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Brandon Marshall and Eli Manning fine-tuning their WR-QB relationship

New York Giants wide receiver Brandon Marshall works

New York Giants wide receiver Brandon Marshall works out during training camp on Aug. 8, 2017. Credit: AP / Julio Cortez

Brandon Marshall joked this week that Eli Manning has a lot of work to do if he wants to dethrone Ryan Fitzpatrick as the best quarterback he’s ever played with.

In reality, Manning is one of the big reasons why Marshall signed with the Giants.

“It’s a quarterback-driven league,” the veteran receiver said, defending his motivation.

Marshall is not the first player to admit that being Manning’s teammate was a driving force in his arrival with the Giants. Last year it was defensive end Olivier Vernon, who spent four fruitless seasons with the Dolphins, talking about Manning and his resume as a Super Bowl winner being a big draw on the open market.

“That doesn’t surprise me,” Marshall said. “A lot of smart defensive ends, they want to play with great quarterbacks because that means they have the lead and that means other teams are in two-minute mode, which means more sacks for the defensive ends.”

Marshall’s reasons were slightly different than Vernon’s. The overall objective, though, is the same: To win a title.

The problem is that so far Marshall has caught just as many passes from Manning in game situations as Vernon has. Zero. The two played in just one game together and never connected. For all of their work on chemistry and reading each other and fine-tuning their routes, Manning and Marshall will go into Sunday’s opener against the Cowboys virtually untested.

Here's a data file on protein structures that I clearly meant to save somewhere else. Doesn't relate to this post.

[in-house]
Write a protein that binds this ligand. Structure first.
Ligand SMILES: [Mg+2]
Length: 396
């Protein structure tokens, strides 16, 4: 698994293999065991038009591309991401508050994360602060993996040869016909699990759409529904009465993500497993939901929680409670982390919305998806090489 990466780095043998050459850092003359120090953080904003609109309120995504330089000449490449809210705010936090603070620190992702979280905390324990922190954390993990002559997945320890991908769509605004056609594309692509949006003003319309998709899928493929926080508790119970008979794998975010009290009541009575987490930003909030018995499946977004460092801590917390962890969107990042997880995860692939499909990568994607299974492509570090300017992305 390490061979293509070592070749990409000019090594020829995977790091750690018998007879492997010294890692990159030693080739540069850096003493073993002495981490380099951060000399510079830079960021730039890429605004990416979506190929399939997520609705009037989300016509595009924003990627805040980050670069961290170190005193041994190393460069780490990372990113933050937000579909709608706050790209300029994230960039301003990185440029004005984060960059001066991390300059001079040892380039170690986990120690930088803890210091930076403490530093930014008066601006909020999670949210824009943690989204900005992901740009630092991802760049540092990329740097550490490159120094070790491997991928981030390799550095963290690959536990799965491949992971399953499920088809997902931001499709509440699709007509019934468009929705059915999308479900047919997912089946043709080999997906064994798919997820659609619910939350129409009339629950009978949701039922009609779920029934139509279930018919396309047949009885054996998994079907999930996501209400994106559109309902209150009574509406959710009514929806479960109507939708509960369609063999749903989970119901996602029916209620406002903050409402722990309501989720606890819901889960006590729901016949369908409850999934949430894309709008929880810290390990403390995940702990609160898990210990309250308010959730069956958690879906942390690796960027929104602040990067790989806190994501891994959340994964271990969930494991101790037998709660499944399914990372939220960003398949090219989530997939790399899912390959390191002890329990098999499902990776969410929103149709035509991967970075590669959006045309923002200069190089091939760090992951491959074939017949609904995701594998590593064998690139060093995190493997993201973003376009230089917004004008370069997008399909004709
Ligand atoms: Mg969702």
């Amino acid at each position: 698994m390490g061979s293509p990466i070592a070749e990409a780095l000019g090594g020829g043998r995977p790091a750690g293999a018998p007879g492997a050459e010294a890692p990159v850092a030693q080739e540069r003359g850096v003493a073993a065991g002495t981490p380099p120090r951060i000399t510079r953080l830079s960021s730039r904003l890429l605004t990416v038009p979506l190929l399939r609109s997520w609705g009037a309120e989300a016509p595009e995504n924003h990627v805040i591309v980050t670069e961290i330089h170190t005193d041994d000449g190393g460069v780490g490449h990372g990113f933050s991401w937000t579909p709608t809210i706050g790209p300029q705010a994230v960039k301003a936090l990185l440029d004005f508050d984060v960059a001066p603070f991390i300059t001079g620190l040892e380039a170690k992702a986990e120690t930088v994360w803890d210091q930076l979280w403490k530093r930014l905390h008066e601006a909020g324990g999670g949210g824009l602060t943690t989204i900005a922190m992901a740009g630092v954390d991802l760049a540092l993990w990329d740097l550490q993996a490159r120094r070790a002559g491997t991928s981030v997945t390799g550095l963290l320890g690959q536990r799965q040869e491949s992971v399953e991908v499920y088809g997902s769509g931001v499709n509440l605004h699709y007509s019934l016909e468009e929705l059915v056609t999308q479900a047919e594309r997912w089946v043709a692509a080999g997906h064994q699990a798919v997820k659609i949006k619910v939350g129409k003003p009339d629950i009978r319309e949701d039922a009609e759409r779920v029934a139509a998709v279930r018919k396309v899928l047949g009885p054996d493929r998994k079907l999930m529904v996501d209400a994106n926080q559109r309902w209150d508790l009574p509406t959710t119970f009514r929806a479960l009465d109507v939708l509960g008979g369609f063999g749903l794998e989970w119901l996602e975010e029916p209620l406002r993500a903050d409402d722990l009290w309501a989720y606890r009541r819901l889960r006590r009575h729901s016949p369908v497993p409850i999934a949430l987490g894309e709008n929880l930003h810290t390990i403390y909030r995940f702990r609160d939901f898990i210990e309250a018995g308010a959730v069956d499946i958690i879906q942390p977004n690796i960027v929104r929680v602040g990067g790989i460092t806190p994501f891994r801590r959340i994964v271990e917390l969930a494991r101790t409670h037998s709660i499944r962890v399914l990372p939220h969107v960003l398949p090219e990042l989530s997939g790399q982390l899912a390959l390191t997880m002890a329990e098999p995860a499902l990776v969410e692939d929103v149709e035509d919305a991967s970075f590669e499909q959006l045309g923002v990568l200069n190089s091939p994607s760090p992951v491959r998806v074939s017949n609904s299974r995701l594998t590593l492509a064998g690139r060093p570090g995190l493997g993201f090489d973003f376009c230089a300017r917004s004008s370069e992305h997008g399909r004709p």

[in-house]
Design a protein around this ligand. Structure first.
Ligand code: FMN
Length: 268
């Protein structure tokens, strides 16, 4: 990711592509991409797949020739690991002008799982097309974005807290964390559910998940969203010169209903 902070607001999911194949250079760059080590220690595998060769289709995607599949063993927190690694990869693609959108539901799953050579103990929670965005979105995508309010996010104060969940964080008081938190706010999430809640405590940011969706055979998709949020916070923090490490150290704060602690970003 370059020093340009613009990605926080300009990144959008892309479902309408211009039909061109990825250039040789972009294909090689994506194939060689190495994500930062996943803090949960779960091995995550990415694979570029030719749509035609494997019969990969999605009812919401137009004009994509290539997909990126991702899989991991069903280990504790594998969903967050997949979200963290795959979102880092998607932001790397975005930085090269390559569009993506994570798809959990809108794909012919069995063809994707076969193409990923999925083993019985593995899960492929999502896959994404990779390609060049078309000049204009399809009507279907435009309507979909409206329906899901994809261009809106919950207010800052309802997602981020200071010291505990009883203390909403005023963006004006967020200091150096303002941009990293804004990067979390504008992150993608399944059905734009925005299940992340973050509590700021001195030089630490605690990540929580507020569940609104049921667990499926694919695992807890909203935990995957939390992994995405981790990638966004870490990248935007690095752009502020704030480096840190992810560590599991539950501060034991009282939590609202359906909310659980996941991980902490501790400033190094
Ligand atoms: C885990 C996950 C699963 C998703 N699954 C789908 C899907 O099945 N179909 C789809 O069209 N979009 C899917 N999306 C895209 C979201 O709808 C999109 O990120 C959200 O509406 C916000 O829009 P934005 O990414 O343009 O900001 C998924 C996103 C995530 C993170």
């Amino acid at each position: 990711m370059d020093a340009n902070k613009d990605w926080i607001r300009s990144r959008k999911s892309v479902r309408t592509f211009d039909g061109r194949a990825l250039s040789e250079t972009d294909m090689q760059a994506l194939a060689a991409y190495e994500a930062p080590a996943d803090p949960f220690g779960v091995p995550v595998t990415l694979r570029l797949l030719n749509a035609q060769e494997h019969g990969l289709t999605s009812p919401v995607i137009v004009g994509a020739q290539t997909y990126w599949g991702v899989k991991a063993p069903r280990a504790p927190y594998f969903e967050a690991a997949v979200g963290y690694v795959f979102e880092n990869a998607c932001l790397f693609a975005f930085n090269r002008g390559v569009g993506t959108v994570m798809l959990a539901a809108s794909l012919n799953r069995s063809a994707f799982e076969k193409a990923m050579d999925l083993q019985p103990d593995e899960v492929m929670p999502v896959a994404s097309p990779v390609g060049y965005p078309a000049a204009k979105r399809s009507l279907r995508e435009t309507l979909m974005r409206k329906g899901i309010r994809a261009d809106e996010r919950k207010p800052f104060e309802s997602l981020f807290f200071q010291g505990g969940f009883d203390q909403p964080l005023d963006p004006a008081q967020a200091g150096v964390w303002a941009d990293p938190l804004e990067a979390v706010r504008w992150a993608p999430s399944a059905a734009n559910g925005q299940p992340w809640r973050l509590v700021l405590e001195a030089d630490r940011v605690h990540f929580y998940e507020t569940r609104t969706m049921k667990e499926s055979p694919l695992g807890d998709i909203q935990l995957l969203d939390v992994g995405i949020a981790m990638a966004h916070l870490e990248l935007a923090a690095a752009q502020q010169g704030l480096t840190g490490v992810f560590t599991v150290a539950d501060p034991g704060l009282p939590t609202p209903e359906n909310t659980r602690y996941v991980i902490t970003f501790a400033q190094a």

“Brandon and I will be on the same page,” Manning said. “But, again, there’s always a learning curve. . . . It doesn’t mean we’ll complete every pass that I throw to him, but we’ve gotten a lot of work and communicate all the time about the different things. So, I expect us to go out there and make the plays that we need to make.”

Marshall has spent the past few months hounding Manning for information and feedback, whether it was via Facetime video chats during the offseason or impromptu chalk talk sessions during training camp.

“I think the number one thing that stands out now after being here a couple of months is Eli being approachable,” Marshall said. “I’ve had a lot of situations like: ‘Wow, this guy is humble and he’s an amazing leader, amazing teammate.’”

Marshall raved about an interaction in practice a week ago when Manning hit him on a touchdown pass in the red zone. Marshall approached Manning after the play.

“I was like: ‘What did you think about it?’” Marshall said. “He told me how he felt and he was like: ‘What do you think?’ I said: ‘I think it was off a little bit. I think we were a second late.’ And he was like: ‘Yeah. I could have done this and this and that.’ I was like: ‘Wow.’ That was impressive for me to be able to give him that feedback and him receive that. He’s just awesome.”

Manning wasn’t the only reason Marshall signed with the Giants after being released by the Jets. He listed his four criteria for teams when he was a free agent. First was stability in ownership. Second was a championship-caliber quarterback. Third was a great defense. Fourth was a team that already had a number one receiver on the other side.

“That was my formula,” Marshall said. “That’s what I was looking for.”

He found all of it here with the Giants.

Everything except Fitzpatrick.

New York Sports